I imagine the gaps in my blog will grow larger as I have fewer incidents and fewer doctor visits to report, but I do intend to keep making entries when appropriate.


Thursday, July 27, 2006

Month 24, part B

I saw my pulmonologist yesterday and he had a few interesting things to say. First of all, as soon as he saw me in the waiting room he said, “Well, you’re pink at least.” Every other time I saw him, he said I was cyanotic. I took their mini PFT (Pulmonary Function Test) and it was good. After examining me, he said there was no reason for me to have to come back, but that I could certainly call with any questions or concerns.

After I thanked him (again) for discovering that Dapsone was poisoning me (causing methemoglobinemia), he indicated he felt he should have figured it out sooner. He said when he did figure it out, he considered it somewhat of an emergency and that I needed to stop the drug immediately. Although he’s never seen this reaction to Dapsone, he has seen it as a reaction to other things like topical anesthetics and says he has seen it cause heart attacks. With the heart already struggling because of a shortage of oxygen in the blood from the methemoglobinemia, extra demands (like tennis for example) can be too much. He said that my exercising like that without having chest pains means that my heart is pretty healthy.

I’m guessing that he figured out the problem by thinking about the mechanics of normal presentations and my presentations of hypoxemia with relatively normal hemoglobin levels. I think normally the levels of cyanosis and hypoxemia that I was exhibiting would be associated with severe anemia (low hemoglobin counts), and since my Hgb was not extremely low, one might figure out that the hemoglobin was not able to transport oxygen sufficiently. This relatively simple connection might be why this doctor felt like he should have figured it out sooner.

Still feeling good,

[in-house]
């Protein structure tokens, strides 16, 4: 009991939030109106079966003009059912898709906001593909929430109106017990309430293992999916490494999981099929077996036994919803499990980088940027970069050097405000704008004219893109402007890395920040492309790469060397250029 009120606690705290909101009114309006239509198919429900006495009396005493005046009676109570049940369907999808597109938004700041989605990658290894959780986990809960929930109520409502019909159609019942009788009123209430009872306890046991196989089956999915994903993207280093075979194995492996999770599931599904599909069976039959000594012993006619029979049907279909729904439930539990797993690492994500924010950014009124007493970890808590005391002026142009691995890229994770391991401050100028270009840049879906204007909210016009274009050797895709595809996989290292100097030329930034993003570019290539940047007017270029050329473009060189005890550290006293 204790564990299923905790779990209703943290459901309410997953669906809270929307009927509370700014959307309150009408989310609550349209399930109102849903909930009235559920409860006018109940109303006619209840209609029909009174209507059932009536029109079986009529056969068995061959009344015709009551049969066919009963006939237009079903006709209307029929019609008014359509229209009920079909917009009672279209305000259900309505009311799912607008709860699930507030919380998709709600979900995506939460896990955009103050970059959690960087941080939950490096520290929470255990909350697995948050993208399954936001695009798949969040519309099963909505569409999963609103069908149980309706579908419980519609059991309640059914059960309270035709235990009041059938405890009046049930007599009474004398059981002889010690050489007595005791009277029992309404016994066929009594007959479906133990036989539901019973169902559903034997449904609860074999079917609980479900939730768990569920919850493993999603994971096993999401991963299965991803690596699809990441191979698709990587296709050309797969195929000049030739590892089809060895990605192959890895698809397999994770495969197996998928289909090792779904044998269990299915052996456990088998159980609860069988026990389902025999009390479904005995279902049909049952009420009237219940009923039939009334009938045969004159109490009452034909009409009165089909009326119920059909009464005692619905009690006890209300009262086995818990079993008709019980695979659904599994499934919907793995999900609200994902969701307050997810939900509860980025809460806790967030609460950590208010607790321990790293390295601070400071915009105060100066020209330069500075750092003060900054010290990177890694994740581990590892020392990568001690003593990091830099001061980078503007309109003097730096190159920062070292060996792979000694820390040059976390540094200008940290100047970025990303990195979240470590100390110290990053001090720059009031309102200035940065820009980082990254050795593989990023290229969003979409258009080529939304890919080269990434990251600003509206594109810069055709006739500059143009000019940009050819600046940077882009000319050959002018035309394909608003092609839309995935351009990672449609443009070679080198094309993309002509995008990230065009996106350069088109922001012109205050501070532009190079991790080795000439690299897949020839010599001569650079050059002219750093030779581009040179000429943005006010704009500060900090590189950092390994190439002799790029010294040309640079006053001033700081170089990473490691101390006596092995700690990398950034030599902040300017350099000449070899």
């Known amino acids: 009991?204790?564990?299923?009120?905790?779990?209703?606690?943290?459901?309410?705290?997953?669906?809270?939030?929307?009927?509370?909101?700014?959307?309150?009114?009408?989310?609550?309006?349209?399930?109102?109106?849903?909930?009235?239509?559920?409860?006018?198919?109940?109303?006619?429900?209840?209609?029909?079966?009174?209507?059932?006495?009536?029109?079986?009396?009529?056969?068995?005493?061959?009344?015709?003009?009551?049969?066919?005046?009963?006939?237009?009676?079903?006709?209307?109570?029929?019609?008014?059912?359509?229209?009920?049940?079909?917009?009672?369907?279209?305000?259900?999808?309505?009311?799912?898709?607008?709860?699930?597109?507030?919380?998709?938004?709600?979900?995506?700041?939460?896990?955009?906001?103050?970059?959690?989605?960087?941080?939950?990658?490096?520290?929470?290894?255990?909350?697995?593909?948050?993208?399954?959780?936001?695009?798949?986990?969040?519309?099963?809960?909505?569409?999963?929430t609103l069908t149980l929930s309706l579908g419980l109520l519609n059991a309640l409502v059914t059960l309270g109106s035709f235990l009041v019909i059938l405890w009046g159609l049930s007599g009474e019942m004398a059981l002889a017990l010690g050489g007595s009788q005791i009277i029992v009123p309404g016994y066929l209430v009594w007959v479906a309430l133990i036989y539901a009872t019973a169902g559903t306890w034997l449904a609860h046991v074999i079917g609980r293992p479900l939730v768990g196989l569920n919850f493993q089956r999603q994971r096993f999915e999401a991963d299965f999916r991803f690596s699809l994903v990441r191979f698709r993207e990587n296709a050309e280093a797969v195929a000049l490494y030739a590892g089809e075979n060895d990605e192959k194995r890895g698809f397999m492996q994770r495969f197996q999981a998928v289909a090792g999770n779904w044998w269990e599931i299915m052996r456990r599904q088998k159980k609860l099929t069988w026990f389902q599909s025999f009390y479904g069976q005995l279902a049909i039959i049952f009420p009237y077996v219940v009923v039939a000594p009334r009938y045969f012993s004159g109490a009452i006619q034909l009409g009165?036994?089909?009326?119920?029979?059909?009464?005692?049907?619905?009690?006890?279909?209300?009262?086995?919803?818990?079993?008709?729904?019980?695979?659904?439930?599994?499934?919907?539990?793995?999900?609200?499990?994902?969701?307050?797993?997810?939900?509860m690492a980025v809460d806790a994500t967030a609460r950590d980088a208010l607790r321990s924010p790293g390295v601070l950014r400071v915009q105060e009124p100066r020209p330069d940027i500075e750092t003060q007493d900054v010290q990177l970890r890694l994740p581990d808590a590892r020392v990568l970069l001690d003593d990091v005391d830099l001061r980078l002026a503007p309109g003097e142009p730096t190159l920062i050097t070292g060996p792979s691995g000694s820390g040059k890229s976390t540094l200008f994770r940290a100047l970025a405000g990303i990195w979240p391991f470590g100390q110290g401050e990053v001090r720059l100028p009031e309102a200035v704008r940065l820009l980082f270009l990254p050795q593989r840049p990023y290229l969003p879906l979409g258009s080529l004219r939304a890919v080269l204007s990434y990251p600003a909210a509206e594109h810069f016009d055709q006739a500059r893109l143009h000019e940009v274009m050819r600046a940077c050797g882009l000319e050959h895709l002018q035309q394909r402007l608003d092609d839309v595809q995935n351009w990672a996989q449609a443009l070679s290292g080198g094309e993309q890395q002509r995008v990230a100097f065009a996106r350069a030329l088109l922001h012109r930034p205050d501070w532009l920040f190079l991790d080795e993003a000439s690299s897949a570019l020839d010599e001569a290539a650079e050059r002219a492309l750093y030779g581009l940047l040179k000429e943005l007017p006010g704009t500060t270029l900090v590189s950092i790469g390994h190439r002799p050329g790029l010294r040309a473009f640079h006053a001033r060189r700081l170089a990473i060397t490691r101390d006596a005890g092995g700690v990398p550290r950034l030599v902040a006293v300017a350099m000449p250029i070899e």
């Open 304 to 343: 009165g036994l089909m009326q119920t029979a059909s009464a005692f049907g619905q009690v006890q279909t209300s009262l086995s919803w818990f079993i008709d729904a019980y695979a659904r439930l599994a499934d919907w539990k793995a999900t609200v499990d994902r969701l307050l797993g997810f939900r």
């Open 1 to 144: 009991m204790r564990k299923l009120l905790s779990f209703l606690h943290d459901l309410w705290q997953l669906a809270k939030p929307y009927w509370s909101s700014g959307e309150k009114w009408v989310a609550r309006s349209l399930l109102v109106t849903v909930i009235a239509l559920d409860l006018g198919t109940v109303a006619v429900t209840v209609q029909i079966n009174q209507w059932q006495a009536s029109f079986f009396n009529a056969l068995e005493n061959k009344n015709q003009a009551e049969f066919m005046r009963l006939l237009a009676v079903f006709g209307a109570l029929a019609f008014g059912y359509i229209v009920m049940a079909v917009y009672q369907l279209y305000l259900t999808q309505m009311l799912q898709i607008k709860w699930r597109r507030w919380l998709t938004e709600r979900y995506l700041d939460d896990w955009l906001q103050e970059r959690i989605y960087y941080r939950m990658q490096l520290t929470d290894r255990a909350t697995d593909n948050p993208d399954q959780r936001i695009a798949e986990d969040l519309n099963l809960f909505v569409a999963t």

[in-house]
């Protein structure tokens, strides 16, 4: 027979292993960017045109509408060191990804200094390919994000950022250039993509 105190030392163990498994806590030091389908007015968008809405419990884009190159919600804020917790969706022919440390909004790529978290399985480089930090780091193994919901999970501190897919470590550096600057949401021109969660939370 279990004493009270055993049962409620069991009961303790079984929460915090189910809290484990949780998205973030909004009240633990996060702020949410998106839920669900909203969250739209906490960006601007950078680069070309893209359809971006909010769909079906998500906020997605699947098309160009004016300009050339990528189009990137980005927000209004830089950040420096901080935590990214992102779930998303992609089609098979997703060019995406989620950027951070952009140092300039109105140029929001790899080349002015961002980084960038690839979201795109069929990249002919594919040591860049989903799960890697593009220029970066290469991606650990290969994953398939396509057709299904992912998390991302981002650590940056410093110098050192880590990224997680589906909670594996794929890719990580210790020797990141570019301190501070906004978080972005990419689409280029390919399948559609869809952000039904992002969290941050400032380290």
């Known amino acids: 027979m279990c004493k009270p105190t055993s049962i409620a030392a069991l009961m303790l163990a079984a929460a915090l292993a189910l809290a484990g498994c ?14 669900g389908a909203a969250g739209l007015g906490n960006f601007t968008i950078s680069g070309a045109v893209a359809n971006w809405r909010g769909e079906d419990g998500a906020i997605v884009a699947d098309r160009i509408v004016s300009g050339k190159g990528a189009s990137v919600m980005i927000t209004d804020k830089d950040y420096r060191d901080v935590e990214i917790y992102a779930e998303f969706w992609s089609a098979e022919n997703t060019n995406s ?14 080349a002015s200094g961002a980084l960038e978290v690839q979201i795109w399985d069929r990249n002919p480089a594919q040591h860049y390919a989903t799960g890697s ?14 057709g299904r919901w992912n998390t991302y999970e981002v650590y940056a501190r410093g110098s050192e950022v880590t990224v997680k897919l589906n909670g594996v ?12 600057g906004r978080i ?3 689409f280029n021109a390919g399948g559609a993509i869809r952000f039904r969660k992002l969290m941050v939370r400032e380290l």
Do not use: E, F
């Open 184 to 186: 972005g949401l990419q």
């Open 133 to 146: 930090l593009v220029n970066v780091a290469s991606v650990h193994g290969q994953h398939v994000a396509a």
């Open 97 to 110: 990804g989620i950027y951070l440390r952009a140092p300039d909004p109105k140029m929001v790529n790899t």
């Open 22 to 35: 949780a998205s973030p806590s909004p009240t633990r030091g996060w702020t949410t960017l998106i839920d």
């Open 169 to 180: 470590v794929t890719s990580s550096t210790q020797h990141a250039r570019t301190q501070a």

Tuesday, July 25, 2006

Month 24

Yesterday was another regular clinic appointment. Again, my regular doctor was seeing inpatients in the hospital, so I saw yet another staff doctor whom I have seen before and liked.

My counts were as follows:

..... previous current normal
..... -------- ------- ---------
WBC.. 4.8 .... 6.0 ..... 4 – 11
Hgb.. 12.1 ... 13.6 ... 14 – 18
Plt.. 262 .... 273 ... 150 – 400

I’m very happy with these counts (as was the doctor). I can’t remember when my hemoglobin was that high – almost in the normal range. Plus my blood pressure was very good and my pulse ox was 95, which is a little low but not bad, and way better than it was reading a couple of months ago.

Prior to the appointment, my meds were down to 5 mg of Prednisone a day and Acyclovir (anti-viral) twice a day. I had been taking Protonix, but when I needed a new prescription for it, I called and asked if I needed to continue it and since I haven’t been having stomach problems, I was told I could discontinue it. Since I have been doing so well on the minimal amount of meds I have been taking, the doctor said I should cut back the Prednisone to 5 mg every other day for two weeks and then I can stop! While 5 mg is about how much corticosteroid the adrenal gland produces naturally, but since I’ve been ingesting it, the adrenal gland cuts back its production, so the theory is that every other day dosing will kind of “wake up” the adrenal gland gradually to start producing again. The doctor warned me that while weaning, I may have some days of feeling a bit punk. I forgot to check about whether I can stop the Acyclovir when I stop the Prednisone, but I’ll call and ask in 2 weeks when I do discontinue Prednisone. Apparently, the reason they are continuing with the anti-viral drug is that there is still a risk of a nasty virus causing something like shingles. It would be good to not get shingles, so I’m willing to continue that med until they say I’m relatively safe.

Now that I have gotten past the effects of the Dapsone poisoning, I realize that at the time, I didn’t know how bad it had been when I was suffering from methemoglobinemia, which was depriving me of oxygen. It was really bad, and now I’m a strong proponent of not only breathing, but of making sure one gets enough oxygen. I’ve been feeling great with the only real negatives being some cramping (stomach, back, and feet) which is a little worse than it was a short while ago, but not nearly as bad as it was a while before that, and taste still not back to normal. Now it looks like I could be two weeks away from being off meds altogether. Things couldn’t be much better and I want to figure out how to celebrate the discontinuation of meds, a milestone that I think relatively few bone marrow transplant survivors ever reach.

I have an appointment with the pulmonary specialist tomorrow, and while I don’t feel that I need his expertise anymore, I think it’s standard to follow up. Plus, it will give me another chance to express my appreciation to him for figuring that Dapsone was killing me. My next clinic appointment is for my 2 year bone marrow biopsy which I have scheduled for 8/30, with a follow up appointment on 9/11. Assuming everything looks good, I would guess that my clinic visits will become a lot less frequent, and that’s fine with me.

Feeling great and very optimistic about the future,